2019 Federal Election Info


I get heaps of questions about voting and the upcoming election. So to make sure everyone is on the same page, here's all you need to know when it comes to voting in this year's election.

The Federal Election has been called for May 18th.

Under Australian law, all eligible Australians are required to vote in elections. This means if you're an Australian citizen, you're 18 years or over and you have lived at your address for at least one month, you must vote or pay a fine.

You must be enrolled to vote in elections in Australia. To enrol to vote, click here. To update your address, click here. To check your enrolment, click here. Your vote is powerful, so make sure you're enrolled and have your details up-to-date by the 18th of April.


What to do if you're away on election day.

If you can't make it to a polling place or you're outside your electorate on election day, you have a number of options to vote.

Postal voting

Anyone is able to vote by post. All you have to do is fill out and submit the application on the AEC's website - they'll send you a postal voting kit for you to post back instead of voting in person. You must apply for a postal vote by May 15th and your vote must be completed and witnessed by May 18th.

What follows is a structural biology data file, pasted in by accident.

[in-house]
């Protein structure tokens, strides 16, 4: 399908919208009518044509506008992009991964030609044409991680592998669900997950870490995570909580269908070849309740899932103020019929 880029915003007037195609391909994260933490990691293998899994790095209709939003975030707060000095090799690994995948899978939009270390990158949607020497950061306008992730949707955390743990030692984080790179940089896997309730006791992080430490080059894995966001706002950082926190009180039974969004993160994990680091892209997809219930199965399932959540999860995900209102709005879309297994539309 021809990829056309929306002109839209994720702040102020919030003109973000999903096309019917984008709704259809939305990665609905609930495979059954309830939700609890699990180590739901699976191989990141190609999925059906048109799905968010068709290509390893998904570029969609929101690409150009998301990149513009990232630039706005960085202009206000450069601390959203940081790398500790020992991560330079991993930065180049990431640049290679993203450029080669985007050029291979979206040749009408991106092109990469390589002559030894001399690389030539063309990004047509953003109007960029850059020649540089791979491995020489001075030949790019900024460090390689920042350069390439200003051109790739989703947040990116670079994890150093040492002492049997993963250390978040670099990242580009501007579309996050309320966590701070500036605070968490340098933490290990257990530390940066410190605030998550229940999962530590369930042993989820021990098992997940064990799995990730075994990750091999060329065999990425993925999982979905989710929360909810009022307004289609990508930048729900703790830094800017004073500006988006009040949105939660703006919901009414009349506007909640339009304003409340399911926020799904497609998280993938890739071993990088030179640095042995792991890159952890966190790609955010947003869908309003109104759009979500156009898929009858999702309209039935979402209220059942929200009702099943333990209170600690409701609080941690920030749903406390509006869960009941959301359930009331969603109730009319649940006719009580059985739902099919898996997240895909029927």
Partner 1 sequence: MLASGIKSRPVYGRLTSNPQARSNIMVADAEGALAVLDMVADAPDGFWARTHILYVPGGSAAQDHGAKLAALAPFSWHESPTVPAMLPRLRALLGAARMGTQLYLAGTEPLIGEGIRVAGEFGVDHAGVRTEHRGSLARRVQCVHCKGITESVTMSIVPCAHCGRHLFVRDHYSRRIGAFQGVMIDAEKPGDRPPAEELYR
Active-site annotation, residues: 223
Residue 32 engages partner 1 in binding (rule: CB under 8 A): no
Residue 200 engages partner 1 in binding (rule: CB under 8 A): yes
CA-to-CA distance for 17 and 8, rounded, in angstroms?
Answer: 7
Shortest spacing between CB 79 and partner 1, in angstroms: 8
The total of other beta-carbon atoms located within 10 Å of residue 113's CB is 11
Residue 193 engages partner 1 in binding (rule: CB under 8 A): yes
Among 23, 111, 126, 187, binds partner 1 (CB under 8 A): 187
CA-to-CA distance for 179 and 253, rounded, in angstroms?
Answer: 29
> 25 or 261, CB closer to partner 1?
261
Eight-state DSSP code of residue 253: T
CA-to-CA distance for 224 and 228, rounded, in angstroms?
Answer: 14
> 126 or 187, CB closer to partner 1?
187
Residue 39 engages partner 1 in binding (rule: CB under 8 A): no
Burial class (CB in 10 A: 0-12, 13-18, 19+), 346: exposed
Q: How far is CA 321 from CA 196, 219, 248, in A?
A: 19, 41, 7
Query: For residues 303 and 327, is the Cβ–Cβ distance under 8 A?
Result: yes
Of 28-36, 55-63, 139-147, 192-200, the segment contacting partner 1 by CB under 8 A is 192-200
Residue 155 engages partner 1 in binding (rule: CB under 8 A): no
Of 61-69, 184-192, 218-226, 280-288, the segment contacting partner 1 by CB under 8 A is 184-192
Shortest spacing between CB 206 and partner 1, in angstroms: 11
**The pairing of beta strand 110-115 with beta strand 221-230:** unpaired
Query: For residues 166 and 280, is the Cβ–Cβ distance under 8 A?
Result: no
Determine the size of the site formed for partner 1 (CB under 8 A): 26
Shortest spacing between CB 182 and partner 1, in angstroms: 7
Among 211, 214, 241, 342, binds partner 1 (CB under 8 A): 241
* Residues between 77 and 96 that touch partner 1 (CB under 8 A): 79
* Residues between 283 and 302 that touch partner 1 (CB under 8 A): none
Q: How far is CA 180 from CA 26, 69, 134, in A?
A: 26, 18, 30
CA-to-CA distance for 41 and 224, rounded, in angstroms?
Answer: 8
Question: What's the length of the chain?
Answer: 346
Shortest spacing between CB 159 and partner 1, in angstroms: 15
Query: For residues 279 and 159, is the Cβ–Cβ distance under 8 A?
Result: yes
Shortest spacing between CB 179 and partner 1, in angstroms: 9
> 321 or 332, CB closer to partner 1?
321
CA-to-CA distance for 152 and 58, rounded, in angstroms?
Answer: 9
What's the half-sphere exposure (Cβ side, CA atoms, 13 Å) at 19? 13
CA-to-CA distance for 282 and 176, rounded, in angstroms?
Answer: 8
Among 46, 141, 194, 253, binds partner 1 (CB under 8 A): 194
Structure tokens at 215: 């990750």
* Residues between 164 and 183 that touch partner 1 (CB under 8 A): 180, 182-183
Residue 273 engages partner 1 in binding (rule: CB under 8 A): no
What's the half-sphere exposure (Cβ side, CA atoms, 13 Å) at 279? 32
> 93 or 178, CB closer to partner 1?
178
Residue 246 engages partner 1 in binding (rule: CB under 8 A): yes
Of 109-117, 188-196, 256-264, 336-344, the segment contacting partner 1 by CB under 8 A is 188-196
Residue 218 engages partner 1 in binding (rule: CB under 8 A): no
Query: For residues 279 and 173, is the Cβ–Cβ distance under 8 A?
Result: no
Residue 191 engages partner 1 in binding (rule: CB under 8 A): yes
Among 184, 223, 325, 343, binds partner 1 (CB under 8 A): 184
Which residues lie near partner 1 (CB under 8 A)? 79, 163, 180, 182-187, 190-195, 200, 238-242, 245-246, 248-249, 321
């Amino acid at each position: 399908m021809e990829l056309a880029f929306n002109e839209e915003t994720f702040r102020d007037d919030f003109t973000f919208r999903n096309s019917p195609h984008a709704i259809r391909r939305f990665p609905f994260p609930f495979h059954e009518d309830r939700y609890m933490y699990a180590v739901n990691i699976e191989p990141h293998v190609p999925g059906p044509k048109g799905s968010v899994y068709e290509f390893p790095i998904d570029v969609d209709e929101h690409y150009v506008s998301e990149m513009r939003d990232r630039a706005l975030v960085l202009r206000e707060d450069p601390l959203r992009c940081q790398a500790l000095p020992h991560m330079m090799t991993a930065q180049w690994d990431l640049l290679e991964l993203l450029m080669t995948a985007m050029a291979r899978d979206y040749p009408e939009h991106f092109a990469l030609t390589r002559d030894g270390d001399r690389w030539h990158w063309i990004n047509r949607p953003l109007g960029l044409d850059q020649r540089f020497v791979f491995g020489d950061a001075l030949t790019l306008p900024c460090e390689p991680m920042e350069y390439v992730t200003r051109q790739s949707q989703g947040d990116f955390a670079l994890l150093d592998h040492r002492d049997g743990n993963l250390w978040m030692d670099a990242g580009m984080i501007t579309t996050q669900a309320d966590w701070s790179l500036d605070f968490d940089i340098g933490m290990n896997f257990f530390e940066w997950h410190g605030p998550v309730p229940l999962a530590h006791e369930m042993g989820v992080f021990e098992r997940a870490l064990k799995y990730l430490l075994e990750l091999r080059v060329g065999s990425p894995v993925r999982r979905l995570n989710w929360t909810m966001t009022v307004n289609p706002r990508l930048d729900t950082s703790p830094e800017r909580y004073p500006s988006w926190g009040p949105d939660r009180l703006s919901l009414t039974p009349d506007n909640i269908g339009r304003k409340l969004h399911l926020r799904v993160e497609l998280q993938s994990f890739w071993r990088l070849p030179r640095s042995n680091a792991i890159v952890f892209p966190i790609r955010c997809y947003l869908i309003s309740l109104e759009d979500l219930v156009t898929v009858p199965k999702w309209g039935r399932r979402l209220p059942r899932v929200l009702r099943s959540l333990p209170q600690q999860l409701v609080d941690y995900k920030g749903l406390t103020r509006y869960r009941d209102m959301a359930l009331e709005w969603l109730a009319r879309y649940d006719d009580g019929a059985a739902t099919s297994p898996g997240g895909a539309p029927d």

Apply for a postal vote here.

Early voting

If you can't make it on the 18th but you'll be able to find time in the weeks leading up, you're able to vote early. Early voting will be open from April 29th.

Early voting locations will be public on the AEC's website closer to the 29th.

Voting outside of the electorate

If you're going to be outside of the electorate you're enrolled to vote in, but within the state of Victoria you're able to vote at any polling booth.

If you're voting interstate, you'll have to vote at an interstate voting centre.


Assisted voting

If you're unable to vote without help, you're able to nominate someone to help you vote or have an election official assist you.

Electors may seek help if they're

  • Elderly
  • Have a disability (including visual impairment)
  • Illiterate
  • From a culturally or linguistically diverse background


Can I be removed from the electoral roll?

No - it's compulsory for Australian citizens 18 years and over to enrol and vote. Once enrolled, your name and address is added to the electoral roll.

However, there are special enrolment options. If you're going overseas indefinitely or permanently, you can apply to have your name removed. If you believe having your address appear on the electoral roll puts you or your family at risk, you can apply to be a silent elector.

If you're elderly or disabled, you are still required vote and cannot be removed from the electoral roll.

However, if you have an objection to someone's enrolment, for example if they are of unsound mind, you are able to fill out an objection for to have them removed from the roll. If a person you know has dementia and you do not believe they should be on the roll, it is appropriate to fill out an objection form here.